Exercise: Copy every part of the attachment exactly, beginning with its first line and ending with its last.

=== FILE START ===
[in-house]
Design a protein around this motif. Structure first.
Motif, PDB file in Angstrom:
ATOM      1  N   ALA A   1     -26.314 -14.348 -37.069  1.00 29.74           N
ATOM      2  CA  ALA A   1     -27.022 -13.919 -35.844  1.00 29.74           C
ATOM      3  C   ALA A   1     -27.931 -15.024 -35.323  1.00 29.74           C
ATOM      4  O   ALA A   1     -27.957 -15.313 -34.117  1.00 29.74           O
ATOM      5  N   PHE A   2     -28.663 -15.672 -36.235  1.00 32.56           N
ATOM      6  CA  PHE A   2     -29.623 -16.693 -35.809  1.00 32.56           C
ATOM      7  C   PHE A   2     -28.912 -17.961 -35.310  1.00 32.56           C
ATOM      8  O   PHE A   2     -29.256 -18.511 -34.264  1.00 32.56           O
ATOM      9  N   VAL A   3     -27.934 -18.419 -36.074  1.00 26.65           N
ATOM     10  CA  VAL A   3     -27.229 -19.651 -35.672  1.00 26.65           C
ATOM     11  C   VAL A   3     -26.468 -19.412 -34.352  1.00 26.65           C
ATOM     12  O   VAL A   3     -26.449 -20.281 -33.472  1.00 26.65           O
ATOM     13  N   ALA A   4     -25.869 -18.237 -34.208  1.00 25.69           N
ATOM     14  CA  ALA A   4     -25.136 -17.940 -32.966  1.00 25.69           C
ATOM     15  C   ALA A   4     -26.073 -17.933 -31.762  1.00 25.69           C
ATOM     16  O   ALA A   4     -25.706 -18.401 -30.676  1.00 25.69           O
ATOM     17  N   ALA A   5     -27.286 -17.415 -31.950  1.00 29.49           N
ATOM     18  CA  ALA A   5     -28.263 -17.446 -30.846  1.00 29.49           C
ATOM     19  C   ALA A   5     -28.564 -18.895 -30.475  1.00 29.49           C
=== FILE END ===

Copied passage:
[in-house]
Design a protein around this motif. Structure first.
Motif, PDB file in Angstrom:
ATOM      1  N   ALA A   1     -26.314 -14.348 -37.069  1.00 29.74           N
ATOM      2  CA  ALA A   1     -27.022 -13.919 -35.844  1.00 29.74           C
ATOM      3  C   ALA A   1     -27.931 -15.024 -35.323  1.00 29.74           C
ATOM      4  O   ALA A   1     -27.957 -15.313 -34.117  1.00 29.74           O
ATOM      5  N   PHE A   2     -28.663 -15.672 -36.235  1.00 32.56           N
ATOM      6  CA  PHE A   2     -29.623 -16.693 -35.809  1.00 32.56           C
ATOM      7  C   PHE A   2     -28.912 -17.961 -35.310  1.00 32.56           C
ATOM      8  O   PHE A   2     -29.256 -18.511 -34.264  1.00 32.56           O
ATOM      9  N   VAL A   3     -27.934 -18.419 -36.074  1.00 26.65           N
ATOM     10  CA  VAL A   3     -27.229 -19.651 -35.672  1.00 26.65           C
ATOM     11  C   VAL A   3     -26.468 -19.412 -34.352  1.00 26.65           C
ATOM     12  O   VAL A   3     -26.449 -20.281 -33.472  1.00 26.65           O
ATOM     13  N   ALA A   4     -25.869 -18.237 -34.208  1.00 25.69           N
ATOM     14  CA  ALA A   4     -25.136 -17.940 -32.966  1.00 25.69           C
ATOM     15  C   ALA A   4     -26.073 -17.933 -31.762  1.00 25.69           C
ATOM     16  O   ALA A   4     -25.706 -18.401 -30.676  1.00 25.69           O
ATOM     17  N   ALA A   5     -27.286 -17.415 -31.950  1.00 29.49           N
ATOM     18  CA  ALA A   5     -28.263 -17.446 -30.846  1.00 29.49           C
ATOM     19  C   ALA A   5     -28.564 -18.895 -30.475  1.00 29.49           C